J. Warner Wallace wrote that “In legal terms, the line that must be crossed before someone can come to the conclusion that something is evidentially true is called the ‘standard of proof” (the ‘SOP’). The SOP varies depending on the kind of case under consideration. The most rigorous of these criteria is the ‘beyond a reasonable doubt’ standard that is required at criminal trials. But how do we know when we have crossed the line and are ‘beyond a reasonable doubt’? The courts have considered this important issue and have provided us with a definition:

‘Reasonable doubt is defined as follows: It is not a mere possible doubt; because everything relating to human affairs is open to some possible or imaginary doubt. It is that state of the case which, after the entire comparison and consideration of all the evidence, leaves the minds of the jurors in that condition that they cannot say they feel an abiding conviction of the truth of the charge.’

This definition is important because it recognizes the difference between reasonable and possible that we discussed earlier. There are, according to the ruling of the court, ‘reasonable doubts,’ ‘possible doubts,’ and ‘imaginary doubts.’ The definition acknowledges something important: every case has unanswered questions that will cause jurors to wonder. All the jurors will have doubts as they come to a decision. We will never remove every possible uncertainty; that’s why the standard is not ‘beyond any doubt.’ Being ‘beyond a reasonable doubt’ simply requires us to separate our possible and imaginary doubts from those that are reasonable.”1

So then, on this standard of proof, we should then ask whether any doubt we have is truly reasonable or not. I don’t think your doubts fall into this category. It is strictly logically possible for God to be behaving exactly as Descartes’ demon. Strictly logically possible it is, but not broadly logically possible. I don’t think it is broadly logically possible (a.k.a metaphysically possible) for God to be a liar. The Modal Ontological Argument shows that if it’s possible that a Maximally Great Being (a necessarily existent, omnipotent, omniscient, omnipresent, morally perfect being) exists in some possible world, then He exists in every possible world, and if He exists in every possible world, then He exists in the actual world. Check out my recent YouTube video “The Ontological Argument For God’s Existence (Introduction)” for more information. To say that a Maximally Great Being necessarily exists is to say his non-existence is broadly logically impossible a.k.a metaphysically impossible. Part of Maximal Greatness is moral perfection since a being is greater if He is good than evil, and it is morally better to always tell the truth and never lie.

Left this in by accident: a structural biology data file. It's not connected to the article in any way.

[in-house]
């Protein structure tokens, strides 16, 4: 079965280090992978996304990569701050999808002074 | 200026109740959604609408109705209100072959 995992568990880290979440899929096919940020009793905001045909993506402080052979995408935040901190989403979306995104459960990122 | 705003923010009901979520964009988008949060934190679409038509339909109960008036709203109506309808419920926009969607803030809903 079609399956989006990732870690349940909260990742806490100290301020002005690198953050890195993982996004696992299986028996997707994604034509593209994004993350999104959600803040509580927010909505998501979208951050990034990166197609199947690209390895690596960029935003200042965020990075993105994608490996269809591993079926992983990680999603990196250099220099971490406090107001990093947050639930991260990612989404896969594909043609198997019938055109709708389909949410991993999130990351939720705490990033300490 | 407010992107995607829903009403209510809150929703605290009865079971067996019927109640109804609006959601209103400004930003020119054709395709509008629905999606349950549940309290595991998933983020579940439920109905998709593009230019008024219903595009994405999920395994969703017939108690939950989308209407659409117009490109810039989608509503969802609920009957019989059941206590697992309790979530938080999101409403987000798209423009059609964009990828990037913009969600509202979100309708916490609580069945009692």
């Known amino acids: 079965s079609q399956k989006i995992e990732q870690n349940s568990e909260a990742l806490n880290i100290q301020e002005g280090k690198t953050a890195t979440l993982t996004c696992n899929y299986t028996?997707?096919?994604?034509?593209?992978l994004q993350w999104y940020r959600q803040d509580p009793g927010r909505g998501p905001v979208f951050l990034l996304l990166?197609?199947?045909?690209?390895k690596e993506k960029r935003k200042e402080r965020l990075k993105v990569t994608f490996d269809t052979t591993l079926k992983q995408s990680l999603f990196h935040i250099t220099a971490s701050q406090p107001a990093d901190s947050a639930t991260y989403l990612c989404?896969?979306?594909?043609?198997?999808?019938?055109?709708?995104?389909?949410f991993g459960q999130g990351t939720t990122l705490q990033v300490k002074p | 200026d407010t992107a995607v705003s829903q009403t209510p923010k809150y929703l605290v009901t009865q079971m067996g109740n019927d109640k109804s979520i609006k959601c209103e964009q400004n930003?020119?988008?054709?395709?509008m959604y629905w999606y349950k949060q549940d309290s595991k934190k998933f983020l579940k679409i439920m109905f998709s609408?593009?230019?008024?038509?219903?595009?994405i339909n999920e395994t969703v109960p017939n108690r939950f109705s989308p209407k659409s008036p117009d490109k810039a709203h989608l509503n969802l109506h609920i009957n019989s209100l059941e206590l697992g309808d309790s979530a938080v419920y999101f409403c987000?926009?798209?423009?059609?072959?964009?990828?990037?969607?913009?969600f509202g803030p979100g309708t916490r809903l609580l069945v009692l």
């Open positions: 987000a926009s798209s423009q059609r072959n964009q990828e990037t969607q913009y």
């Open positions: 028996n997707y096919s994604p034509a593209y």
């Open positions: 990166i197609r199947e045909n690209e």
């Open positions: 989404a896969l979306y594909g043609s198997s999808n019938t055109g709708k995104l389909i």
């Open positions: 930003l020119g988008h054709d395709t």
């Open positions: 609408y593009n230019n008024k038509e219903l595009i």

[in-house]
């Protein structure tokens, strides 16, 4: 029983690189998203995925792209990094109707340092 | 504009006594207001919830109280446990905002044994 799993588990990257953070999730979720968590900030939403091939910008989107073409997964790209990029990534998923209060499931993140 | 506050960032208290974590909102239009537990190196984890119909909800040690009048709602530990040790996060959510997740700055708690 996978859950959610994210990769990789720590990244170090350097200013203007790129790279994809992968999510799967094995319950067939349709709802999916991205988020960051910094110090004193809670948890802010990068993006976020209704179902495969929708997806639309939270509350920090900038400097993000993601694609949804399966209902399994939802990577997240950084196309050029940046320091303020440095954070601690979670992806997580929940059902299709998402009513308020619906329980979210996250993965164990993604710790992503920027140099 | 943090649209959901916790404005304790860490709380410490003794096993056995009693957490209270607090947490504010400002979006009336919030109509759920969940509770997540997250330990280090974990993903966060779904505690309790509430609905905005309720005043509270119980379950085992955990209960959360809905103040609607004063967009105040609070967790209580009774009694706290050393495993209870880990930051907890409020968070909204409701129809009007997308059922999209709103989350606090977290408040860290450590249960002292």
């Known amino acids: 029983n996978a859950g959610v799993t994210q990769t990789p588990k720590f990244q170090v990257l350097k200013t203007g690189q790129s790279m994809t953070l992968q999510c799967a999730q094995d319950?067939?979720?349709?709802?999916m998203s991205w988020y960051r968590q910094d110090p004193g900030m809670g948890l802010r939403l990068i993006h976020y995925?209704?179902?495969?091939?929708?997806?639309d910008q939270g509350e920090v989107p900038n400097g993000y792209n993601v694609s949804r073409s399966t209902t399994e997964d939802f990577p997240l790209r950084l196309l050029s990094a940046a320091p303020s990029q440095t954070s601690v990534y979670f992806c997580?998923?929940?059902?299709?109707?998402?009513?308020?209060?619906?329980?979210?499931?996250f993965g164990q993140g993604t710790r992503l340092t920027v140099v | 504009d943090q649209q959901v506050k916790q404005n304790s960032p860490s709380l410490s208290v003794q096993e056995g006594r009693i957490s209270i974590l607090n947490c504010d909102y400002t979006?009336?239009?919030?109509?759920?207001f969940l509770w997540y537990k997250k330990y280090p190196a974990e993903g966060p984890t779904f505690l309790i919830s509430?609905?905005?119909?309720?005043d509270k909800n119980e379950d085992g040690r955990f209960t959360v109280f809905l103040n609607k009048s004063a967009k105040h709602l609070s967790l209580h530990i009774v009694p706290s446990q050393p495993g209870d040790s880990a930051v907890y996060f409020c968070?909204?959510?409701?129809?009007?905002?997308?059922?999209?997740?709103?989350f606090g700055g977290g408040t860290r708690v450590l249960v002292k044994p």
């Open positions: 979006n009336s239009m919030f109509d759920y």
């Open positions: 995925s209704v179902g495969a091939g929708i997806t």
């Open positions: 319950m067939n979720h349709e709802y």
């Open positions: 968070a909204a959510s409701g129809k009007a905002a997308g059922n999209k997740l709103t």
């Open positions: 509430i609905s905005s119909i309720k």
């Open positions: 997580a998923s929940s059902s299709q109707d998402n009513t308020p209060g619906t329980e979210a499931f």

The Kalam Cosmological Argument, The Fine-Tuning Argument, and The Local Fine-Tuning Argument, all show that a Creator and designer of the universe exists and is responsible for why the universe exists.